FASHION & CELEBRITY
Object: MARC JACOBS shoes (Spring/Summer 2008)
The use of celebrities to promote fashion has grown apace over the last two decades, with Vogue covers now more likely to feature an actress than a model. Fashion has always used celebrities to promote, but the subversive Marc Jacobs campaigns reached a zenith recently with the choice of Victoria Beckham for the S/S campaign.
Famous for being famous and for her appetite for fashion and publicity, Beckham allowed herself to be used ironically and with humor, representing “brand Beckham” alongside brand Marc Jacobs. The most iconic image from the campaign doesn’t even feature Beckham’s face but has her legs emerging from a giant Marc Jacobs shopping bag: the consumer finally consumed.
TWO – BJORK
Object: BERNHARD WILLHELM laminated stage costume designer for Bjork (2008)
The Icelandic singer Bjork has a uniquely playful presence in fashion. She presents herself as an extreme sculptural object, preferring dynamic impact over flattering form, and completely ignores trends or restrictions of style to present her persona.
Bjork collaborates with young, up and coming European designers, and her recent stage costume (2008) was designed by Bernhard Wilhelm, with a head-dress of multicolored pompoms designed by a fashion student. Bjork is an example of an alternative engagement with fashion that is almost entirely self-curated, unique and anarchic.
THREE – FASHION & THE HIGH STREET
Object: AMERICAN APPAREL laminated trousers (2008)
The high street is how the majority of people experience fashion, in diluted versions of couture or ready-to-wear that are produced within weeks of their catwalk debut. This filtering of fashion is immediate, and top designers now collaborate with mass market companies to cover both ends of the spectrum.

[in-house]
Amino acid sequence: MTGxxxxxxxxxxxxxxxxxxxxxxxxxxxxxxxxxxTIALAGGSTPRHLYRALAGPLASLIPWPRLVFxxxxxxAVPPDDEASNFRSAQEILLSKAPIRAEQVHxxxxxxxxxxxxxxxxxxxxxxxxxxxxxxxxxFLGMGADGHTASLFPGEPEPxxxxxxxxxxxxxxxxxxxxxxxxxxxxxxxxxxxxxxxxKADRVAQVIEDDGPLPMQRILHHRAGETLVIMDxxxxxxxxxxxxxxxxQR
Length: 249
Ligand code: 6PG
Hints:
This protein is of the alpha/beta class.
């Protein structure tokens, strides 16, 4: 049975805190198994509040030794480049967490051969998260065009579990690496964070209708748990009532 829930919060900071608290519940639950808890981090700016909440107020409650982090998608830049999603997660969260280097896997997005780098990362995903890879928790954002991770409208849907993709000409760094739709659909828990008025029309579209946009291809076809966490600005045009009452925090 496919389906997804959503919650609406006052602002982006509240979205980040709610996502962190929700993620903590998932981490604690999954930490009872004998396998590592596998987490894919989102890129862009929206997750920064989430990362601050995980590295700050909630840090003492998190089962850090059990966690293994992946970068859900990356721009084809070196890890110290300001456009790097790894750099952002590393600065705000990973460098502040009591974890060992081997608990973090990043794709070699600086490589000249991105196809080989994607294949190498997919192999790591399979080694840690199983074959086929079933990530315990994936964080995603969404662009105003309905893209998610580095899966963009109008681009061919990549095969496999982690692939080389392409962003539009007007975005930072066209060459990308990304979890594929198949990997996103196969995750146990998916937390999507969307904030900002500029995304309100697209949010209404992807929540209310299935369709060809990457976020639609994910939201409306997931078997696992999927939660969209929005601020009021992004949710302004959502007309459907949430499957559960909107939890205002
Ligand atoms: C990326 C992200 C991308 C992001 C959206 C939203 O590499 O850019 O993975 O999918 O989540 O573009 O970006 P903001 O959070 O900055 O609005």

One mass market company, American Apparell has rejected trends to triumphantly make cheap unpretentious sportswear sexy. They have done this with a worldwide advertising campaign of genius. Taken mostly by the owner of the company, the sportswear is photographed on ordinary looking men and women in saucy poses that establish themselves and the brand as genuine and believable. American Apparel appeals to the young in addition because the clothing is produced in Los Angeles under ethical conditions rather than in the sweatshops of the Third World.
FOUR – MISSING HEROES OF FASHION
Object A: HELMUN LANG organza dress (Fall/Winter 2004-2005)
Helmut Lang, along with several other key designers such as Jil Sander and Calvin Klein, sold his fashion label to a large fashion corporation. Although his name still carries a fashion brand, he and his formidable talent leave a giant hole in fashion that is impossible to fill. The clothes of Lang, a ground-breaking designer who was always progressively modern rather than retrospective, can now only be bought on ebay or in specialist vintage shops.
Object B: YSL
A huge loss this year for fashion.
FIVE – FASHION & ART
Object A: LOUIS VUITTON Richard Prince handbag (2008)
This season’s Louis Vuitton collaboration with American artist Richard Prince illustrates the commercially successful marriage of fashion with art that has become a defining trend in fashion this century. Louis Vuitton are the most consistent example of this, having used Murakami, Stephen Sprouse, Warhol and other artists in a series of intelligent projects that allow the artist to directly interfere with their most precious asset, the LV brand. This interference at once undermines and re- establishes the LV logo through reinvention and context, giving the limited edition product ranges the elevated status of collectible and rarefied items, associated with the rarefied values of fine art. Prince is particularly suited for this collaboration given his appropriation of existing images (Cowboys, Girlfriends, car-hoods, advertising images and cartoons) reworked re- contextualized within his work.